I like to watch a lot of movies on a lot of different devices. Some of those devices are made by Apple, like my iPad and Apple TV, while some are made by TiVo, Roku, Panasonic, Sony and others. I need my media portable; not just portable in the mobile sense to take with me when I travel, but portable in the sense that I can't have limits on which of my devices will play any given movie.
This is where Digital Rights Management (DRM) or, put more plainly, copy-protection, becomes a huge nuisance. If I buy a movie from Apple's iTunes Movie Store the file contains DRM that keeps me from playing that movie on anything but Apple devices. That clearly doesn't work if I want to stream the movie I just purchased to my TiVo in the playroom.
Every other online movie purchase source has similar restrictions – the large content creators demand them. Plus, I've been around the block enough times to know that even if my DRM-limited content works on all my current devices, it's a near-certainty that it won't work on at least some of my devices five years from now. That's not good enough. I put a lot of work into building and curating my movie collection; I'm not interested in repeating that work time-and-again just to keep some suits and lawyers happy today.
For these reasons I'm a big fan of using Handbrake, MakeMKV and Don Melton's scripts to convert DVDs and Blu-Rays into DRM-free digital formats. The resulting files are high-quality movies that can be played anywhere today and, with reasonable expectation, in the future, as well.
But if it's Saturday at 7:00 PM and you want to watch a movie that night, buying (and ripping) a DVD or Blu-Ray isn't going to suffice because it won't arrive in time. As such, I've been searching for a plan to stay legal (at least in terms of purchasing the movies) without having to live inside of a DRM'ed bubble.
One option would be to purchase the DVD from Amazon and then use BitTorrent to download a temporary copy of the movie to watch while waiting for the DVD to arrive. This would work and is relatively easy, especially once you add in the auto-torrent searcher Couch Potato. The problem with this is it starts down a slippery slope. It would be even easier to simply skip the purchasing and head straight to the downloading. And that's not cool. But it is easy, and easy is always going to win out.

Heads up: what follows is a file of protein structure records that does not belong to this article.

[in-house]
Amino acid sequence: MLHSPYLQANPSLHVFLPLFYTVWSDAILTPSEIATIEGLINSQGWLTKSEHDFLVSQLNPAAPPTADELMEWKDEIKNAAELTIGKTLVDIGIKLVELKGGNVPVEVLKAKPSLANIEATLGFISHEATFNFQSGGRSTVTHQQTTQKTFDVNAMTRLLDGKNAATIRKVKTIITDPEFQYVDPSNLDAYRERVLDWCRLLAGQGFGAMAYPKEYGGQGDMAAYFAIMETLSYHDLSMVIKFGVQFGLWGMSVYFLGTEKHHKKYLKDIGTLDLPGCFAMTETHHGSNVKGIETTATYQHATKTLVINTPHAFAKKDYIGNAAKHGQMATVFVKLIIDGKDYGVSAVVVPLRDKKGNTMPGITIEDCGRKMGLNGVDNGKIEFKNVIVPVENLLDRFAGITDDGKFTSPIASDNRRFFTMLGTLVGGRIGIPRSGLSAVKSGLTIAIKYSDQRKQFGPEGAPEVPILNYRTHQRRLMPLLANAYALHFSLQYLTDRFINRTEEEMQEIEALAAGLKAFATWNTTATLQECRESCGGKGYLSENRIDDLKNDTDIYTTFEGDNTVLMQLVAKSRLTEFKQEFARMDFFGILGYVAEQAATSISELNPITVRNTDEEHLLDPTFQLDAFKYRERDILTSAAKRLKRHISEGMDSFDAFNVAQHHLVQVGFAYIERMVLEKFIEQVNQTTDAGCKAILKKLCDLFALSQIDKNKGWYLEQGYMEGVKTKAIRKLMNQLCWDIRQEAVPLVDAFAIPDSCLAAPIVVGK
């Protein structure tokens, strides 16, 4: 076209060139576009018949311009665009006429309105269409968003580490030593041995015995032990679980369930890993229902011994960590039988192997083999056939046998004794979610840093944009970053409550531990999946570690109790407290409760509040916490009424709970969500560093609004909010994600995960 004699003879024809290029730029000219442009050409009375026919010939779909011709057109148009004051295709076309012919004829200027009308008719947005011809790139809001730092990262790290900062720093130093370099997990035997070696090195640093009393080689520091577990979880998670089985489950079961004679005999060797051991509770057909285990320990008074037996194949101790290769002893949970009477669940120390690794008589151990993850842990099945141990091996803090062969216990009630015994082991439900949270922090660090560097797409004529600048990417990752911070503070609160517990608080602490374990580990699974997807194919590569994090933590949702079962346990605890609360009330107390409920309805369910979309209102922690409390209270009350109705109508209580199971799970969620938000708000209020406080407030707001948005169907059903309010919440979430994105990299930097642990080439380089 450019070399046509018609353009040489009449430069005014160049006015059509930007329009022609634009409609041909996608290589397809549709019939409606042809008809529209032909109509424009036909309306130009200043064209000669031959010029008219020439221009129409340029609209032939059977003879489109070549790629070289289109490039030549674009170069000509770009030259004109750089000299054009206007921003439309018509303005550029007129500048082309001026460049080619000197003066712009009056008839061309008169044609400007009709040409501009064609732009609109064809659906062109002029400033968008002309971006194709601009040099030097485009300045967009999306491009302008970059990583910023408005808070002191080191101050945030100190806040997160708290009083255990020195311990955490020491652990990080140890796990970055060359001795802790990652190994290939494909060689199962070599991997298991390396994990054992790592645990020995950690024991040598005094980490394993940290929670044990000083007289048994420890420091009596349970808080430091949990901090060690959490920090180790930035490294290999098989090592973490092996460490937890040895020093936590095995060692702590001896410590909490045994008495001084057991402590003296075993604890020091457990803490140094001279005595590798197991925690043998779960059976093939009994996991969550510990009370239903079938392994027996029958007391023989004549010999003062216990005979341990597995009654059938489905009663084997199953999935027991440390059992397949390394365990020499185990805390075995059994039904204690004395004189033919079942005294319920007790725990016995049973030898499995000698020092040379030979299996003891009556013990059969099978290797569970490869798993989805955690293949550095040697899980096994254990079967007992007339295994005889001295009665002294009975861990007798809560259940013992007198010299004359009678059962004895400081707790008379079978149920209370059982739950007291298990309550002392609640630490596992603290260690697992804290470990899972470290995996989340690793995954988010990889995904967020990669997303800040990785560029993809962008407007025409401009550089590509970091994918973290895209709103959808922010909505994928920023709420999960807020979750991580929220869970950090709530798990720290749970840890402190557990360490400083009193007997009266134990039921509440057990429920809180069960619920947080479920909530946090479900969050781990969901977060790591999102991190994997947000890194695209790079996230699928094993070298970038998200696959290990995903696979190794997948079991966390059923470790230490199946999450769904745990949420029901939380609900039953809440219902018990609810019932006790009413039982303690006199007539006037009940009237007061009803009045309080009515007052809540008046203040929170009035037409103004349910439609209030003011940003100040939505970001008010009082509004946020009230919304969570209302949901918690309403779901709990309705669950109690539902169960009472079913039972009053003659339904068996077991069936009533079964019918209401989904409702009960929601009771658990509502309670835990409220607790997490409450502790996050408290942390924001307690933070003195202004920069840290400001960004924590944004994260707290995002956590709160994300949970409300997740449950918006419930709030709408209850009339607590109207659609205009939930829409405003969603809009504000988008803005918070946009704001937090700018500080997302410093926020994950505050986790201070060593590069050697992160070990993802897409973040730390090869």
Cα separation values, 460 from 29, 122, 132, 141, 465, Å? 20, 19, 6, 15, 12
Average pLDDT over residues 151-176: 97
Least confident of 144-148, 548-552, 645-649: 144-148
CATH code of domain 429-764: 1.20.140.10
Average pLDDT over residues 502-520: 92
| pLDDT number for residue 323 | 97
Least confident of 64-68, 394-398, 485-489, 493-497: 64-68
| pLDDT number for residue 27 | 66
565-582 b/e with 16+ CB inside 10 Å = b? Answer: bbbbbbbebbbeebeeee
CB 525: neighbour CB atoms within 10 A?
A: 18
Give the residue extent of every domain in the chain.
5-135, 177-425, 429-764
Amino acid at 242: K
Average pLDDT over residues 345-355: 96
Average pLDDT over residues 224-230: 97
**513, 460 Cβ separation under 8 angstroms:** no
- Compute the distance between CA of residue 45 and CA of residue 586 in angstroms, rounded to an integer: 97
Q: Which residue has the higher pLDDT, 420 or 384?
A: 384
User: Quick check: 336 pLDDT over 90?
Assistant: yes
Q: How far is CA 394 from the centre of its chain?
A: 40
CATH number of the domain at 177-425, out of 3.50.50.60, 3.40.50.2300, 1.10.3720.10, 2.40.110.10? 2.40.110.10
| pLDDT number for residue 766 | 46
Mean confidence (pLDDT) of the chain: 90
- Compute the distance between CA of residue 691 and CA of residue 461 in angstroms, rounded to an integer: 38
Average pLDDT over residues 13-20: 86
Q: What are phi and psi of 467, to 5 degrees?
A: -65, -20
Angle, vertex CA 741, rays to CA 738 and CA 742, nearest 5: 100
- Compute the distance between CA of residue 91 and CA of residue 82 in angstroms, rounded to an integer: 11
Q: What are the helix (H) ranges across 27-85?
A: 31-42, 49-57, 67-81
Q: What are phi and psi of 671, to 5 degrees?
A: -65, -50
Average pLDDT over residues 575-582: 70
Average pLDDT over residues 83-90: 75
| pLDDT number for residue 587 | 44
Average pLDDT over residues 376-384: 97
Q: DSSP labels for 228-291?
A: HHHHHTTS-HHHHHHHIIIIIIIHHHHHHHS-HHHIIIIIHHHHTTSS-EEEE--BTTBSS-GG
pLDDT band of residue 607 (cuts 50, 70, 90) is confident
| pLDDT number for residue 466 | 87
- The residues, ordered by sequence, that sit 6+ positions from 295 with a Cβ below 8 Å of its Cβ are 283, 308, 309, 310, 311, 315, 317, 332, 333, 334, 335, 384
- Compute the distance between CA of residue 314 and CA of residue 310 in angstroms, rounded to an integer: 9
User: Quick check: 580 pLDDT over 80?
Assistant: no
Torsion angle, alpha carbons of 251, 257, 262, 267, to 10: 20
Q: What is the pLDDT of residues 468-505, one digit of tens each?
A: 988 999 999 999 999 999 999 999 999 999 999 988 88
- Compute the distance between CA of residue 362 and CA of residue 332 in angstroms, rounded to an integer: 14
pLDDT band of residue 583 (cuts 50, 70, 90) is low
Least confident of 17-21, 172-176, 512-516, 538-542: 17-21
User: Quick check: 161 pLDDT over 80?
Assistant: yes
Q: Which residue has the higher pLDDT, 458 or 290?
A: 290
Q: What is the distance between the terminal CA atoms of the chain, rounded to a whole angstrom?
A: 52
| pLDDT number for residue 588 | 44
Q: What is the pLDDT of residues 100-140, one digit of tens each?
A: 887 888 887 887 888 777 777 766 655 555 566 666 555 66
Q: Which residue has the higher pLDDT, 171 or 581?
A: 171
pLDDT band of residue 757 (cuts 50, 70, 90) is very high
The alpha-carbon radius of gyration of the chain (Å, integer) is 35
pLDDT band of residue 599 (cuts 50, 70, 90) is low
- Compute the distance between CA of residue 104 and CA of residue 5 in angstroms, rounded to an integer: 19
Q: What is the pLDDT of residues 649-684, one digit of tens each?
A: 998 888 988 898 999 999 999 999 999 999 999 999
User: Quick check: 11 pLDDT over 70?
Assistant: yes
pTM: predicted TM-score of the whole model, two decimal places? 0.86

If only there were an easy way to strip the DRM from Apple's iTunes purchases like there is using Handbrake and MakeMKV for DVDs and Blu-Rays. It turns out there is: NoteBurner. For a one-time purchase price of US$45 NoteBurner strips the DRM from Apple's iTunes movies resulting in portable, DRM-free versions of your purchased movies to use as you wish. Finally, a solution.
Noted video expert Jim Tanous at TekRevue helped me vet this piece, and also did some quality comparisons. Turns out NoteBurner's claims of "lossless" DRM-removal aren't entirely accurate, but are likely good enough for most of us. Jim has published his NoteBurner vs. iTunes quality comparison results.
With Great Power...
Regardless of how you create (or, ahem, acquire) your DRM-free movie files, you need to be responsible with the product. If you publish these on your website, upload them to BitTorrent, or share them with more than a friend or two, you're most likely committing a crime. Not cool.
Technically, even removing the DRM might be a crime, but that's never been tested against folks who have been responsible with the result, and likely never will be – it's akin to creating a backup and likely falls under Fair Use. Can you imagine how it would look if Sony sued some dude for creating – and responsibly protecting – backups of his movie collection? It simply wouldn't make sense for Sony to take action because civil suits are only filed when the plaintiff can collect significant damages. As long as said dude didn't distribute the movie, the damages are virtually nonexistent.
It's also important to mention that NoteBurner will strip the DRM from all iTunes downloads, including movie rentals. Once the DRM is gone from a rental there's no date-restriction left behind, meaning your NoteBurner-processed files would be playable for eternity, sans limits.
It's up to you to be responsible with your choices here, but that's just the point, isn't it? I'd rather live in a world where we have the freedom to do responsible things. As long as it's easy for us to be responsible, most of us will behave that way. The existence of the iTunes Music Store proved that years ago. It's with this in mind that I will happily purchase iTunes Movies and convert them with NoteBurner for safe-keeping in my DRM-free digital movie storage vault. Offshore, of course.